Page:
November 2006 A
High Productivity Computing Systems and the Path Towards Usable Petascale Computing
Lorin Hochstein, University of Nebraska
Taiga Nakamura, University of Maryland, College Park
Victor R. Basili, University of Maryland, College Park; Fraunhofer Center, Maryland
Sima Asgari, University of Maryland, College Park
Marvin V. Zelkowitz, University of Maryland, College Park; Fraunhofer Center, Maryland
Jeffrey K. Hollingsworth, University of Maryland, College Park
Forrest Shull, Fraunhofer Center, Maryland
Jeffrey Carver, Mississippi State University
Martin Voelp, University of Maryland, College Park
Nico Zazworka, University of Maryland, College Park
Philip Johnson, University of Hawaii


Additional classroom results include the following:

  1. Measuring productivity in the HPC domain is part of understanding HPC workflows. However, what does productivity mean in this domain 6? Figure 3 is one model that we can derive from the fact that the critical component of HPC programs is the speedup achieved by using a multiprocessor HPC machine over a single processor 7. Productivity is defined as the relative speedup of a program using an HPC machine compared to a single processor divided by the relative effort to produce the HPC version of the program compared to a single processor version.
    Program → 1 2* 3 4 5
    Serial effort (hrs) 3 7 5 15
    Total effort (hrs) 16 29 10 34.5 22
    Serial Exec (sec) 123.2 75.2 101.5 80.1 31.1
    Parallel Exec (sec) 47.7 15.8 12.8 11.2 8.5
    Speedup 1.58 4.76 5.87 6.71 8.90
    Relative Effort 2.29 4.14 1.43 4.93 3.14
    Productivity 0.69 1.15 4.11 1.36 2.83
    *- Reference serial implementation
    Table 3. Productivity experiment: Game of Life.

    Table 3 shows the results for one group of students programming the Game of Life (a simple nearest neighbor cellular automaton problem where the next generation of “life” depends upon surrounding cells in a grid and a popular first parallel program for HPC classes) 8. The data shows that our definition of productivity had a negative correlation compared to both total effort and HPC execution time, and a positive correlation compared to relative speedup. While the sample size is too small for a test of significance, the relationships all indicate that productivity does behave as we would want a productivity measure to behave for HPC programs, i.e., good productivity means lower total effort, lower HPC execution time and higher speedup.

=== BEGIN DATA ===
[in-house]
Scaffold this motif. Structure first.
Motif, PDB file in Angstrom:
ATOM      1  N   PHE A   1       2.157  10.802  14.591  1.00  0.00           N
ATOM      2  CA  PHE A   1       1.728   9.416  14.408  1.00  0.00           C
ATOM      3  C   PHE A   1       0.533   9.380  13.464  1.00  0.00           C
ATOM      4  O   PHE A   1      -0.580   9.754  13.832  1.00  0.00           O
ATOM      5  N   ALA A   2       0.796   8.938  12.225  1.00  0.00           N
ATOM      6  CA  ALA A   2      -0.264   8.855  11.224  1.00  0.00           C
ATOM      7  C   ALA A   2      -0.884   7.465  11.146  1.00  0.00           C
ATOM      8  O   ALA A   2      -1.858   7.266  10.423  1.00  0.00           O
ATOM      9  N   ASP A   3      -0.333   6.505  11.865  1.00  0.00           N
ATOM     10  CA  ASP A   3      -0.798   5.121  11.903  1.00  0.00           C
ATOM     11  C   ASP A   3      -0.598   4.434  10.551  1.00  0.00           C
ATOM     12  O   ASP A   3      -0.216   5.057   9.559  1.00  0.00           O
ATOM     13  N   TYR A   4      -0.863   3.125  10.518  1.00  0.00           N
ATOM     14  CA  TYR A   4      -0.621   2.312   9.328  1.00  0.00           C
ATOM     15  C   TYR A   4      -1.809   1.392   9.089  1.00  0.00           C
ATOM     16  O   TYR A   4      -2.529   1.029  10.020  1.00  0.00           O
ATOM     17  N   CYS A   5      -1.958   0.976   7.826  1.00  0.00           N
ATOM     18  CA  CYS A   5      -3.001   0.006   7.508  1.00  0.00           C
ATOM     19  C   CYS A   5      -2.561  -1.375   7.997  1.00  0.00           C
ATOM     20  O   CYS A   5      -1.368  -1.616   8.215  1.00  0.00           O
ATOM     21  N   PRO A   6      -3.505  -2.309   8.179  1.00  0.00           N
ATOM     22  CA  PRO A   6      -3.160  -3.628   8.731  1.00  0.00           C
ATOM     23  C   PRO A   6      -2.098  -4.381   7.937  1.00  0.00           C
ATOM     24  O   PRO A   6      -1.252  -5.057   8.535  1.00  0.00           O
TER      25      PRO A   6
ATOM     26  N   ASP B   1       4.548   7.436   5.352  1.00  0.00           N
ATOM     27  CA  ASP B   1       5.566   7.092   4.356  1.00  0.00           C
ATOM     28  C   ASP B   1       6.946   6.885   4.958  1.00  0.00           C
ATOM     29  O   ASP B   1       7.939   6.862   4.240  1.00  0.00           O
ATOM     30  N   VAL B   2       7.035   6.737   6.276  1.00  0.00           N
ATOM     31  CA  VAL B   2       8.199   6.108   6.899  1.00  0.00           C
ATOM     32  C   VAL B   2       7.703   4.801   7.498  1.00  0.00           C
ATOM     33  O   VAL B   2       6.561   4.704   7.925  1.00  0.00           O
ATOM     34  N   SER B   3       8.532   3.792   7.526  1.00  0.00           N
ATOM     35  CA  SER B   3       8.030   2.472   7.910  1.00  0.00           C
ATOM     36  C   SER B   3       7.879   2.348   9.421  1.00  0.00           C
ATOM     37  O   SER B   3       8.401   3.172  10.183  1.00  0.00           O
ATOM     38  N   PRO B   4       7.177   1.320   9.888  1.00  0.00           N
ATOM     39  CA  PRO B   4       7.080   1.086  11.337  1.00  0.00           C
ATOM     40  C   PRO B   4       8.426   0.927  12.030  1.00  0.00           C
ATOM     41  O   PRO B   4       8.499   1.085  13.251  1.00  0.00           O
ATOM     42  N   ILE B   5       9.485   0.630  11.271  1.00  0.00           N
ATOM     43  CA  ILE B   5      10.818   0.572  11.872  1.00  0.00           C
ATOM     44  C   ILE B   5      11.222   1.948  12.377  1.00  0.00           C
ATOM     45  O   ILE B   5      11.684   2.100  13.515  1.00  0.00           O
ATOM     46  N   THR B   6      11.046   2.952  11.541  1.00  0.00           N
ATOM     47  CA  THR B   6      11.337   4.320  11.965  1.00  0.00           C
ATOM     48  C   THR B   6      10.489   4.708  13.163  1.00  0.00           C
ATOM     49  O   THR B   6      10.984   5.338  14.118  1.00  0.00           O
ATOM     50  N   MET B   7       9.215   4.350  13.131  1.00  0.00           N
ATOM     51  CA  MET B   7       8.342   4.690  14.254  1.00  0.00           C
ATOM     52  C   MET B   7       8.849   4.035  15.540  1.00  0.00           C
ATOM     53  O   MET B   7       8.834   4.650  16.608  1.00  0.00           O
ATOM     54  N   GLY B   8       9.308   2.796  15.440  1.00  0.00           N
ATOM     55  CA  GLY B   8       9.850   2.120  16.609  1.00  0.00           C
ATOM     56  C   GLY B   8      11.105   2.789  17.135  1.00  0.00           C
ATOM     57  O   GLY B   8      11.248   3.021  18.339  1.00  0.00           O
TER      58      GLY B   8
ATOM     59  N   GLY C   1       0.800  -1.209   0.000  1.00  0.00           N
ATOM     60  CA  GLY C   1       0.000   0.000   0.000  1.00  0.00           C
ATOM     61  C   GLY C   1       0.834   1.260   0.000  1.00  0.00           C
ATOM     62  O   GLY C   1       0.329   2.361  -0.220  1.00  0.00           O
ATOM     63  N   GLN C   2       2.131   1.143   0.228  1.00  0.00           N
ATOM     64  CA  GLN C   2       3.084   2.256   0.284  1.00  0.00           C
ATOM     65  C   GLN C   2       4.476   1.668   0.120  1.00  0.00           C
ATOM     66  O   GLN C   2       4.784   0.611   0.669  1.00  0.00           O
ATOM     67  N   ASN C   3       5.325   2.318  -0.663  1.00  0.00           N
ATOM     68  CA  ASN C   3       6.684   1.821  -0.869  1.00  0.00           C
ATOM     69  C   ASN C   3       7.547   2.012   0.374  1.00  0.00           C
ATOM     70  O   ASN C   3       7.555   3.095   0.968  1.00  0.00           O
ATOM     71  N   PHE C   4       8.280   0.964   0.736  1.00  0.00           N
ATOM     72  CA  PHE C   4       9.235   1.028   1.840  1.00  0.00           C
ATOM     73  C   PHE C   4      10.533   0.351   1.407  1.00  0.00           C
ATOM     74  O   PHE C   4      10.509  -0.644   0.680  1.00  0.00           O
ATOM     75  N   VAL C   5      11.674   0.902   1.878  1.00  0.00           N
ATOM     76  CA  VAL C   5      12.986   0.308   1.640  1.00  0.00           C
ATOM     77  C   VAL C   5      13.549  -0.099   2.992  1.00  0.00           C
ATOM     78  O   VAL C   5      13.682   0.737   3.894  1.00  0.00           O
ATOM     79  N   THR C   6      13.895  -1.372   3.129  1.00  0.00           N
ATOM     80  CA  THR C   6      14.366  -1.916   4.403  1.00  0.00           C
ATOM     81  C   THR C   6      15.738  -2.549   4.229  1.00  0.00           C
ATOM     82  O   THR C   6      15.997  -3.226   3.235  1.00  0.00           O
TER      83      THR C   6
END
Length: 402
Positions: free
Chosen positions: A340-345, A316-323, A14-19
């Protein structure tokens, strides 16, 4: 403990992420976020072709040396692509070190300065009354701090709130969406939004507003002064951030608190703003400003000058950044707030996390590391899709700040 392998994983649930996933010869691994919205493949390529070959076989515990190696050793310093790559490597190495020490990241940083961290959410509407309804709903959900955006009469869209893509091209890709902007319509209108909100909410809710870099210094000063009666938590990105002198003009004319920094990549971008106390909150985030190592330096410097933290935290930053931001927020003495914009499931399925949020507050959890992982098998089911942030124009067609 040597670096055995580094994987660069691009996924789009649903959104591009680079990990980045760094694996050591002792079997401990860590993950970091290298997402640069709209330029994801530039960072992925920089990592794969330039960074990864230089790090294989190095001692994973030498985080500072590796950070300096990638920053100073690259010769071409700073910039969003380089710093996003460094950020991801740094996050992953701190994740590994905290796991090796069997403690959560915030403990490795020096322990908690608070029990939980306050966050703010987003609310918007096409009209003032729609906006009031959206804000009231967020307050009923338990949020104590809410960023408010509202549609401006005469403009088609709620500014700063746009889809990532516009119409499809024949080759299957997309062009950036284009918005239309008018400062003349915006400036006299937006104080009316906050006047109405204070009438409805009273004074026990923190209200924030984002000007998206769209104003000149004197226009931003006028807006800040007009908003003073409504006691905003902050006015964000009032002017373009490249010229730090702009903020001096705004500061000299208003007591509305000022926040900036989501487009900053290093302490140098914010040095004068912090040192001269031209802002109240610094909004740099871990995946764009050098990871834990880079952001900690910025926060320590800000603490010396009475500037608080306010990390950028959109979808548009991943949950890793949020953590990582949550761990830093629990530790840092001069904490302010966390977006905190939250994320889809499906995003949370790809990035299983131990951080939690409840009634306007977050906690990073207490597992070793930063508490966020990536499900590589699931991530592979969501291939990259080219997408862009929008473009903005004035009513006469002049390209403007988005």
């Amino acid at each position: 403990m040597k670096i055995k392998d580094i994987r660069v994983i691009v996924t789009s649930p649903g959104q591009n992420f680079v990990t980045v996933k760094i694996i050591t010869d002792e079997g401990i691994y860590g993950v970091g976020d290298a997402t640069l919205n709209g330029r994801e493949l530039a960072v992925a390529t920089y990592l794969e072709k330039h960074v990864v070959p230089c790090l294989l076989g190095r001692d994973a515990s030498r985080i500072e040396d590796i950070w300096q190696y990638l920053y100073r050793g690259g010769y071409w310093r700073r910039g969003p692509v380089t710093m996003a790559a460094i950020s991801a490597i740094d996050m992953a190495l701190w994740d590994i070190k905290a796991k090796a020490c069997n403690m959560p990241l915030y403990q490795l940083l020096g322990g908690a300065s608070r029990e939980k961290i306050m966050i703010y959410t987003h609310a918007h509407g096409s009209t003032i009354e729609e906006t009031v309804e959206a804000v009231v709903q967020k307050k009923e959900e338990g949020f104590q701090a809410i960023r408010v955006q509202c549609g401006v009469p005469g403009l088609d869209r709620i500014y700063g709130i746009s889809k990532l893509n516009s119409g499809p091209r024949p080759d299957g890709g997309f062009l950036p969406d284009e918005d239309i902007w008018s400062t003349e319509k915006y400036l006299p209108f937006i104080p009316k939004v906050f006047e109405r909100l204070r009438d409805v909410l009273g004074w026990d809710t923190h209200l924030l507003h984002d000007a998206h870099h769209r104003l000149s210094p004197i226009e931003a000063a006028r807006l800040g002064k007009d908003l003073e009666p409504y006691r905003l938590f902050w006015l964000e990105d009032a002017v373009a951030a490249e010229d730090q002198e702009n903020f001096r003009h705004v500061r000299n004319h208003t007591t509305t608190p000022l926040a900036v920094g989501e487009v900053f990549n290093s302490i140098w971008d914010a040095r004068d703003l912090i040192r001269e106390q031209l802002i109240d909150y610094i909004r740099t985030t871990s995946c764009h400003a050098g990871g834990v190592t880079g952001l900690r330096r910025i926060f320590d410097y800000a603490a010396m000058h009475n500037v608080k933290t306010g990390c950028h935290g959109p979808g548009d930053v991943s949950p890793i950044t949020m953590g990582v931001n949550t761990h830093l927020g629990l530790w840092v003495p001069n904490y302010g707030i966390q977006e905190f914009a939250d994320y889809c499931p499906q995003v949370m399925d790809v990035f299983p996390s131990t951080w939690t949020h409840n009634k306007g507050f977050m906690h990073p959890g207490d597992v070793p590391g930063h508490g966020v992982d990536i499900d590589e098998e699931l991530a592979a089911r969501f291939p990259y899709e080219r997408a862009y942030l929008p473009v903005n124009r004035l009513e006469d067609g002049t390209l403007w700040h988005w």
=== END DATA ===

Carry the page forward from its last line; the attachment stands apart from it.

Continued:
Serial MPI OpenMP Co-Array Fortran StarP XMT
    Nearest-Neighbor Type Problems
    Game of Life C3A3 C3A3
    Grid of Resistors C2A2 C2A2 C2A2 C2A2
    Sharks & Fishes C6A2 C6A2 C6A2
    Laplace’s Eq. C2A3 C2A3
    SWIM C0A2
    Broadcast Type Problems
    LU Decomposition C4A1
    Parallel Mat-vec C3A4
    Quantum Dynamics C7A1
    Embarrassingly Parallel Type Problems
    Buffon-Laplace Needle C2A1
    Parallel Sorting C3A2 C3A2 C3A2
    Array Compaction C5A1
    Randomized Selection C5A2
    Table 4. Some of the early classroom experiments on specific architectures.

    Table 4 shows the distribution of programming assignments across different programming models for the first seven classes (using the same CxAy coding used in Table 2). Multiple instances of the same programming assignment lend the results to meta-analysis to be able to consider larger populations of students 2.

    Dataset Programming Model Application Lines of Code
    C3A3 Serial Game of Life mean 175, sd 88, n=10
    MPI mean 433, sd 486, n=13
    OpenMP mean 292, sd 383, n=14
    C2A2 Serial Resistors 42 (given)
    MPI mean 174, sd 75, n=9
    OpenMP mean 49, sd 3.2, n=10
    Table 5. MPI Program size compared to OpenMP program size.

    For example, we can use this data to partially answer an earlier stated hypothesis (Hyp. 4: An MPI implementation will require more code than an OpenMP implementation). Table 5 shows the relevant data giving credibility to this hypothesis (but this early data is not statistically significant yet).